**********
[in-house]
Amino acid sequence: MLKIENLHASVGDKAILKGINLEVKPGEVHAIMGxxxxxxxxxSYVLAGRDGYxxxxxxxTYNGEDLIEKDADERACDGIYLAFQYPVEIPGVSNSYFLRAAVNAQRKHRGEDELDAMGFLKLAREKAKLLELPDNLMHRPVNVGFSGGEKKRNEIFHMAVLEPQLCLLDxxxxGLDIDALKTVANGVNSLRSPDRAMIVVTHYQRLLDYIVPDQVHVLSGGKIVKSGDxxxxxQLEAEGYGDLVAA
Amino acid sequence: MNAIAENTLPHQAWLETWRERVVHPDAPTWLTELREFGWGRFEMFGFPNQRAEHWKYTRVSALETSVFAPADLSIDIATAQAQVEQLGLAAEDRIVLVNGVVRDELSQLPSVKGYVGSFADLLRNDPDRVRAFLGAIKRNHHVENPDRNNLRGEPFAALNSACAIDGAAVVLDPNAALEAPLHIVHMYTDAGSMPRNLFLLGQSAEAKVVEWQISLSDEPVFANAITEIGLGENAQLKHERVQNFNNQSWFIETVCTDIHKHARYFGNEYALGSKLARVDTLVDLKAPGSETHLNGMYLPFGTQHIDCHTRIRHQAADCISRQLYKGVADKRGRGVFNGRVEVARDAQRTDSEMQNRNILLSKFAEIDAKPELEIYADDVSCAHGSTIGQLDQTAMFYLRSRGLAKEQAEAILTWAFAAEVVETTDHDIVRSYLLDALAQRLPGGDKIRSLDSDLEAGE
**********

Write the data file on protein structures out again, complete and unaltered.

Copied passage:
[in-house]
Amino acid sequence: MLKIENLHASVGDKAILKGINLEVKPGEVHAIMGxxxxxxxxxSYVLAGRDGYxxxxxxxTYNGEDLIEKDADERACDGIYLAFQYPVEIPGVSNSYFLRAAVNAQRKHRGEDELDAMGFLKLAREKAKLLELPDNLMHRPVNVGFSGGEKKRNEIFHMAVLEPQLCLLDxxxxGLDIDALKTVANGVNSLRSPDRAMIVVTHYQRLLDYIVPDQVHVLSGGKIVKSGDxxxxxQLEAEGYGDLVAA
Amino acid sequence: MNAIAENTLPHQAWLETWRERVVHPDAPTWLTELREFGWGRFEMFGFPNQRAEHWKYTRVSALETSVFAPADLSIDIATAQAQVEQLGLAAEDRIVLVNGVVRDELSQLPSVKGYVGSFADLLRNDPDRVRAFLGAIKRNHHVENPDRNNLRGEPFAALNSACAIDGAAVVLDPNAALEAPLHIVHMYTDAGSMPRNLFLLGQSAEAKVVEWQISLSDEPVFANAITEIGLGENAQLKHERVQNFNNQSWFIETVCTDIHKHARYFGNEYALGSKLARVDTLVDLKAPGSETHLNGMYLPFGTQHIDCHTRIRHQAADCISRQLYKGVADKRGRGVFNGRVEVARDAQRTDSEMQNRNILLSKFAEIDAKPELEIYADDVSCAHGSTIGQLDQTAMFYLRSRGLAKEQAEAILTWAFAAEVVETTDHDIVRSYLLDALAQRLPGGDKIRSLDSDLEAGE